Last weekend Lydia, Joe's grandaughter, had to be at Tantara, a resort at Lake of the Ozarks, for a state high school band competition. Joe and Beth accompanied her, and they had to be there early on Friday morning so I convinced them it was a good idea for them to stay overnight at the lake house. It was very cold so I had one of the neighbors turn the heat up on Thursday morning so the house would be warm when they got there late that evening. The neighbor didn't notice that there was no water. The pipes were frozen. I'm sure Lydia was mortified because she couldn't shower and wash her hair, but Joe said she and Beth had both been Girl Scouts and coped very well. I share a well with a different neighbor and they got things thawed out. Joe and the girls were only staying the one night. I made them promise to come back again under better conditions.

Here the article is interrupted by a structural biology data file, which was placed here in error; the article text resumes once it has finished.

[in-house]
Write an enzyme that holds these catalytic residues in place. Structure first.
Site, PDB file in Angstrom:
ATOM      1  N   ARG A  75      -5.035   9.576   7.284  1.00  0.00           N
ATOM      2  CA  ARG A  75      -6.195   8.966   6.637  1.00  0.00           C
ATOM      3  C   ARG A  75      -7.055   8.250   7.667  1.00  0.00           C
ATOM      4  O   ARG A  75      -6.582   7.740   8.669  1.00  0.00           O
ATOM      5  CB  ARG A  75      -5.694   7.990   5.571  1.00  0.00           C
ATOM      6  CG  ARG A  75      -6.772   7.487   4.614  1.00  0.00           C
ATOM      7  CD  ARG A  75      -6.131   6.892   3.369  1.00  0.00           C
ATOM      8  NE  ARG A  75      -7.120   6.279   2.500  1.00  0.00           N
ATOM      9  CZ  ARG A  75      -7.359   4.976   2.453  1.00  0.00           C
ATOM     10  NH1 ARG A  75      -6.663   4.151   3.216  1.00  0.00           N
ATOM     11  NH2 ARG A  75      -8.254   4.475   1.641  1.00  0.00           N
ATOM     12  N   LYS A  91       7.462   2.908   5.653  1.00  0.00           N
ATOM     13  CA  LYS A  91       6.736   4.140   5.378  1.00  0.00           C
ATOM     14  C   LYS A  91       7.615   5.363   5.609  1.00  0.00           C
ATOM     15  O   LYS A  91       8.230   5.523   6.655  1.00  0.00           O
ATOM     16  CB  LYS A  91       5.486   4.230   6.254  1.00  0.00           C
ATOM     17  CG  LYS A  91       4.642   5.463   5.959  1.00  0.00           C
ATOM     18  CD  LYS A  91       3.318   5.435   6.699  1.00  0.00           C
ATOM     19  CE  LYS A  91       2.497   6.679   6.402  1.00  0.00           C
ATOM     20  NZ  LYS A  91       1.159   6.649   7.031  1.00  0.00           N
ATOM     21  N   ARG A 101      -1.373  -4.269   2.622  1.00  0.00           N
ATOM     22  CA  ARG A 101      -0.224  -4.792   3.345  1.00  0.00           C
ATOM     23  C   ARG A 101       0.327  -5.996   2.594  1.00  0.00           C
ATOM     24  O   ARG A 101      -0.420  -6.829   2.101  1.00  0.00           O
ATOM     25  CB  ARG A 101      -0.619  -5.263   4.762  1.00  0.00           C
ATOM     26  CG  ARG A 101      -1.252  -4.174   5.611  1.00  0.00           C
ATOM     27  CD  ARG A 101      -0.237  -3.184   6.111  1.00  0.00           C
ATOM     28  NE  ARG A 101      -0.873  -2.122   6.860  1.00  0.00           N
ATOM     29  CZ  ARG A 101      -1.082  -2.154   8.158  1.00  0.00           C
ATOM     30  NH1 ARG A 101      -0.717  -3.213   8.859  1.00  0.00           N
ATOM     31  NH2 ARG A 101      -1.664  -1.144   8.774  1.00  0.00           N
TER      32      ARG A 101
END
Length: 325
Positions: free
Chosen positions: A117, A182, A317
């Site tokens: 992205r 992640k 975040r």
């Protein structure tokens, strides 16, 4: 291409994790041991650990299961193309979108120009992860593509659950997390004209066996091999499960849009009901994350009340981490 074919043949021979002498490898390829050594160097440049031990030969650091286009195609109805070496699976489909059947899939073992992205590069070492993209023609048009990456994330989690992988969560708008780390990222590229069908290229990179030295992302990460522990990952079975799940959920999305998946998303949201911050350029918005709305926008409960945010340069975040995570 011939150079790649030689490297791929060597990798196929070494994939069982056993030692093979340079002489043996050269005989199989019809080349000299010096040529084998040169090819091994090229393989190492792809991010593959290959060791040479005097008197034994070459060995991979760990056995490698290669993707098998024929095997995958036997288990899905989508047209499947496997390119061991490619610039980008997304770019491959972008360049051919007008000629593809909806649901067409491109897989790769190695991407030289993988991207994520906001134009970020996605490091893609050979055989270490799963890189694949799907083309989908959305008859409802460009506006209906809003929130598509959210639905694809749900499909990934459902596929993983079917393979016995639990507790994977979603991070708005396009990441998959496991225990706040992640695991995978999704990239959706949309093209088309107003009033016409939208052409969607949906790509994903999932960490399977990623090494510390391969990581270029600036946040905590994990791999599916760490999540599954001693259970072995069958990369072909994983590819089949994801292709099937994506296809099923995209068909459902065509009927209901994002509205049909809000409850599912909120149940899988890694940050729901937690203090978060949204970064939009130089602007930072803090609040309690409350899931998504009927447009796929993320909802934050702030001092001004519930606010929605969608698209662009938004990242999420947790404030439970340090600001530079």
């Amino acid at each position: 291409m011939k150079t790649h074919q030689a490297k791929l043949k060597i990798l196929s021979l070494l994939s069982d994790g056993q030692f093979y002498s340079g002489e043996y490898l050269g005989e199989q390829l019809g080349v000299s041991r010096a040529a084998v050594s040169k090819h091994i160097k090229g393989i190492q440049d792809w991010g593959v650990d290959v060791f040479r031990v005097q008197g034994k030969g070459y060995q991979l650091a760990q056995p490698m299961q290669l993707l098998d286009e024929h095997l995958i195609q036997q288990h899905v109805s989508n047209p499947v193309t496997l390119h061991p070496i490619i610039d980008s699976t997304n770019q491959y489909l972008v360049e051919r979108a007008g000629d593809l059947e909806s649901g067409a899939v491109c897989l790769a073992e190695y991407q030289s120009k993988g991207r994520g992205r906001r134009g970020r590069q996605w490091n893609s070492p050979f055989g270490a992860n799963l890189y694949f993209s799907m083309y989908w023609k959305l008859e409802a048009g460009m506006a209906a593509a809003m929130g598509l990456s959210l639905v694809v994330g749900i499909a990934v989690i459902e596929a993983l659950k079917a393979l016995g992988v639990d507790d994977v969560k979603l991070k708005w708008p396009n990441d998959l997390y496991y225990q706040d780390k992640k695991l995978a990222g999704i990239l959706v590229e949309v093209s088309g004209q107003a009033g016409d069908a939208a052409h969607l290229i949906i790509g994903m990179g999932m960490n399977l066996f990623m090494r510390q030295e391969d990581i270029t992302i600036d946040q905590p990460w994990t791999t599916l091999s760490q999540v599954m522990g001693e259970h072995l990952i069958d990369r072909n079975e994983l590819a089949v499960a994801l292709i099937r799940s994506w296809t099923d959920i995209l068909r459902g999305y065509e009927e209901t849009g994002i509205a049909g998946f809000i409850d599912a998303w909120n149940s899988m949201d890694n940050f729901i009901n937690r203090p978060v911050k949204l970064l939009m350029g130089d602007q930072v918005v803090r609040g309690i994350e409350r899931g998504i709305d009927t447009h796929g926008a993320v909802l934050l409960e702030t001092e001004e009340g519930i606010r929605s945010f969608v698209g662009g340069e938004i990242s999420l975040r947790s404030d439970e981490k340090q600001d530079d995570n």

Rose's left eye started blinking funny Friday, got worse on Saturday and worse on Sunday. Sunday there was also some paralysis on the right side of her face. She got on the computer and diagnosed herself as having Bell's Palsy. She decided she should call her primary care physician who instructed her to go immediately to the emergency room at Barnes Hospital. Shirley took her and dropped her off, and we thought she would be back after all the rigamarole one goes through but she called much later and said they were admitting her. They had done a CAT scan and were going to do an MRI on Monday morning. On Monday they did a lumbar puncture (spinal tap) which she said wasn't painful, but she was forced to lay flat for quite some time. Chris, Shelly, Ellie, and I went to see her Monday afternoon. The dietitian came in while we were there to see what her dinner choice was. She asked Rose what she wanted to drink and Rose replied "a glass of red wine". That wasn't a choice, needless to say. We left the jospital and were barely out of the parking garage when she called to say she could come home. The spinal tap was clear, and she does indeed have Bell's Palsy. It is a herpes strain, one of many that people have, that may lay dormant or flare up occasionally. The neurologist is treating it with steroids, and Rose has to go back for a follow up visit soon. She still has the paralysis and blinking today but just started her steroids yesterday.